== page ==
Two of these studies, Built to Last and Good to Great, examined the success traits of public companies that have persevered and profited over many years and through many industry cycles. The third study, The Origin and Evolution of New Businesses, put 100 of America’s fastest growing private companies under the microscope, from their launch through their tenth year. Over 50 percent 50% of these companies were in the teleco, computer, and medical industries—typical venture capital sectors. The average company on the Inc. Fast 500 list had revenues of $15 million, 135 employees, and a five-year sales growth of 1,407% or 281% per year. The companies researched were not all technology companies. However, enough of them were. Figure 2 identifies the five disciplines of the Visionary Way.
Visionary Way Disciplines
- Tier 2 leadership
- Authentic core drivers
- Build organization first and products second
- Hold two opposed ideas at once and remain functional
- Systematically innovate and transform
Rates of Returns and Other Key Findings
When aggregated as a group, the eleven companies that finally made the study group in the Good to Great research (starting with 1,435 companies) achieved a 6.8x greater annual return than the venture capital industry or general market as a whole during the same time period.
When aggregated as a group, the eighteen companies that became the top half of the total thirty-six companies studied in the Built to Last research achieved a 15x greater annual return than the venture capital industry and general market as a whole during the same time period.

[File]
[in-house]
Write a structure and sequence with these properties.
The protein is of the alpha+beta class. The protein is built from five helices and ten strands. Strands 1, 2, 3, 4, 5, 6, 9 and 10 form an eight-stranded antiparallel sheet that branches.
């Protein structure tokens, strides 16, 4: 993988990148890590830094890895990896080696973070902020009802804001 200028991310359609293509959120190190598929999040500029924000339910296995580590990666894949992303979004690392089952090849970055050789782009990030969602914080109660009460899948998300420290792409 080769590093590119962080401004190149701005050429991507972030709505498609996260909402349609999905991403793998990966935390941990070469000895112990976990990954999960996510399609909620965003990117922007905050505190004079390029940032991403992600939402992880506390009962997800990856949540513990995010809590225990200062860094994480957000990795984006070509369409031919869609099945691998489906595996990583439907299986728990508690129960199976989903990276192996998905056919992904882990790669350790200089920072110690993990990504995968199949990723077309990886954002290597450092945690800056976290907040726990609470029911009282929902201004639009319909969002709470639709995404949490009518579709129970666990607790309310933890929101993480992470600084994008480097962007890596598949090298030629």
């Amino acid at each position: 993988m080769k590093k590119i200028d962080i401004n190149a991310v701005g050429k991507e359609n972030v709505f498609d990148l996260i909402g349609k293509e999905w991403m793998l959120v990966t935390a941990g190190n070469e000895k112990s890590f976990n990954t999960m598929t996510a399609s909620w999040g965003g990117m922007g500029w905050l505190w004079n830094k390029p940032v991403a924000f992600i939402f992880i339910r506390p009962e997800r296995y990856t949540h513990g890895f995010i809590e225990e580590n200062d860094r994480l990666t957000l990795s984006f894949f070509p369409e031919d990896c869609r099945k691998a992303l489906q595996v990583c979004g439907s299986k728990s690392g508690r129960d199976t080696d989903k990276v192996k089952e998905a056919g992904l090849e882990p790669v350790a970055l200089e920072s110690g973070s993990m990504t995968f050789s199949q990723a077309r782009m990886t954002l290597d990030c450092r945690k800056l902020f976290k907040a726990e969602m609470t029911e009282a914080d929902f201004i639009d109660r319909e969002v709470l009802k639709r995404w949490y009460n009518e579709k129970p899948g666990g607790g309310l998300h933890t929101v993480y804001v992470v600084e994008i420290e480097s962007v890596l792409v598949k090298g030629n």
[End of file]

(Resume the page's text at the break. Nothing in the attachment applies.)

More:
Since all 100 companies selected in Harvard’s Inc. Fast 500 study were private companies, available rates of return on investor equity were not available. However, these interesting facts were discovered:
- Average sales growth over ten years was 281% per year.
- Only 4% of the 100 companies were venture capital backed.
- Only 3% of the 100 companies were angel backed.
- Only 10% of the 100 companies had a unique first product.
- The founders were not industry luminaries.
- All 100 companies were profitable in the first twelve months.
- Founders were still on board after ten years.
Shattering the Myths
The research suggests that Venture Way and Visionary Way business building share little in common. Table 1 makes this clear.
|Venture Way||Visionary Way||Study|
|Charismatic leaders with great track records||Average people with very little track records||Built to Last Good to Great Inc. Fast 500*|
|Big and fast-moving market||Big market—not fast moving but turbulent||Built to Last Good to Great Inc. Fast 500*|
|Blockbuster first product||90% started with mundane service||Built to Last Good to Great Inc. Fast 500*|
|Growth stocks (5X–10X returns expected but rarely attained. Industry averages about 15% annual returns.)||Growth stocks and value stocks (Companies studied averaged 6X–15X greater annual return than the VC industry achieves.)||Built to Last Good to Great|
|Deliberate execution to plan||Emergent execution for discovery and learning||Built to Last Good to Great Inc. Fast 500*|
|Fast to IPO or sale||Slow to IPO and no sale||Built to Last Good to Great Inc. Fast 500*|
|Replace key executives quickly if benchmarks are missed.||90% of founders still with company after ten, twenty, thirty years.||Built to Last Good to Great Inc. Fast 500*|
|If the idea is not working, kill the company quickly.||If first idea not working, try another idea.||Built to Last Good to Great Inc. Fast 500*|
*67% of the companies started with less than $50,000 in capital.